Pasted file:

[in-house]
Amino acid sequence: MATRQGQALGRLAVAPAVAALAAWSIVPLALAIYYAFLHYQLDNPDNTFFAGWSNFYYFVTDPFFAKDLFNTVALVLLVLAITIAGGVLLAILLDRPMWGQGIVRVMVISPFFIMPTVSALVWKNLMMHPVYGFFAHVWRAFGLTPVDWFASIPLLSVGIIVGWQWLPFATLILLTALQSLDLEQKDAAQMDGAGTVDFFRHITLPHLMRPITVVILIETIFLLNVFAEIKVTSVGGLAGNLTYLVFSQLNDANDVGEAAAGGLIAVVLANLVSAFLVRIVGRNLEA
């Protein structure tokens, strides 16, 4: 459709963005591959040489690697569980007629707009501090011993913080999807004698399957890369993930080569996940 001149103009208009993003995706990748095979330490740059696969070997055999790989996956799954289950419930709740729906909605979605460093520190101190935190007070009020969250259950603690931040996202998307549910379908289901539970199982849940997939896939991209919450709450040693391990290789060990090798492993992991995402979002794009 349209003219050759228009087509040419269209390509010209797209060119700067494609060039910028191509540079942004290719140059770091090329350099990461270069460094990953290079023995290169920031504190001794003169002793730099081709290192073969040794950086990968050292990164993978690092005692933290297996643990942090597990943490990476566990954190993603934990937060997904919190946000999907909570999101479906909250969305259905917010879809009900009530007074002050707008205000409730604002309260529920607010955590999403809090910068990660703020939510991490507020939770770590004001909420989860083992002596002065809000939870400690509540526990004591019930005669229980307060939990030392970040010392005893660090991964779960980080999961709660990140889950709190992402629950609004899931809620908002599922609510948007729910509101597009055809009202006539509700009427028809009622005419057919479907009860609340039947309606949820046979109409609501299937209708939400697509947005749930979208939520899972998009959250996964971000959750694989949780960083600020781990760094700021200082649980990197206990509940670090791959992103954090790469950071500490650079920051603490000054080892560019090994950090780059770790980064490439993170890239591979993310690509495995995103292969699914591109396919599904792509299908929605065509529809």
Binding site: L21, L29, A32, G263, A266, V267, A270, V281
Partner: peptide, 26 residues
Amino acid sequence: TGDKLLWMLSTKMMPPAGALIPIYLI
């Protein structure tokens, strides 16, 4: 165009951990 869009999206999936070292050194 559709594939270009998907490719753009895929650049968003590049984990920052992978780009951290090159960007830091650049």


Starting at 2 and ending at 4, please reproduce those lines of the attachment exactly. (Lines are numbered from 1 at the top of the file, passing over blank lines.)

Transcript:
Amino acid sequence: MATRQGQALGRLAVAPAVAALAAWSIVPLALAIYYAFLHYQLDNPDNTFFAGWSNFYYFVTDPFFAKDLFNTVALVLLVLAITIAGGVLLAILLDRPMWGQGIVRVMVISPFFIMPTVSALVWKNLMMHPVYGFFAHVWRAFGLTPVDWFASIPLLSVGIIVGWQWLPFATLILLTALQSLDLEQKDAAQMDGAGTVDFFRHITLPHLMRPITVVILIETIFLLNVFAEIKVTSVGGLAGNLTYLVFSQLNDANDVGEAAAGGLIAVVLANLVSAFLVRIVGRNLEA
């Protein structure tokens, strides 16, 4: 459709963005591959040489690697569980007629707009501090011993913080999807004698399957890369993930080569996940 001149103009208009993003995706990748095979330490740059696969070997055999790989996956799954289950419930709740729906909605979605460093520190101190935190007070009020969250259950603690931040996202998307549910379908289901539970199982849940997939896939991209919450709450040693391990290789060990090798492993992991995402979002794009 349209003219050759228009087509040419269209390509010209797209060119700067494609060039910028191509540079942004290719140059770091090329350099990461270069460094990953290079023995290169920031504190001794003169002793730099081709290192073969040794950086990968050292990164993978690092005692933290297996643990942090597990943490990476566990954190993603934990937060997904919190946000999907909570999101479906909250969305259905917010879809009900009530007074002050707008205000409730604002309260529920607010955590999403809090910068990660703020939510991490507020939770770590004001909420989860083992002596002065809000939870400690509540526990004591019930005669229980307060939990030392970040010392005893660090991964779960980080999961709660990140889950709190992402629950609004899931809620908002599922609510948007729910509101597009055809009202006539509700009427028809009622005419057919479907009860609340039947309606949820046979109409609501299937209708939400697509947005749930979208939520899972998009959250996964971000959750694989949780960083600020781990760094700021200082649980990197206990509940670090791959992103954090790469950071500490650079920051603490000054080892560019090994950090780059770790980064490439993170890239591979993310690509495995995103292969699914591109396919599904792509299908929605065509529809």
Binding site: L21, L29, A32, G263, A266, V267, A270, V281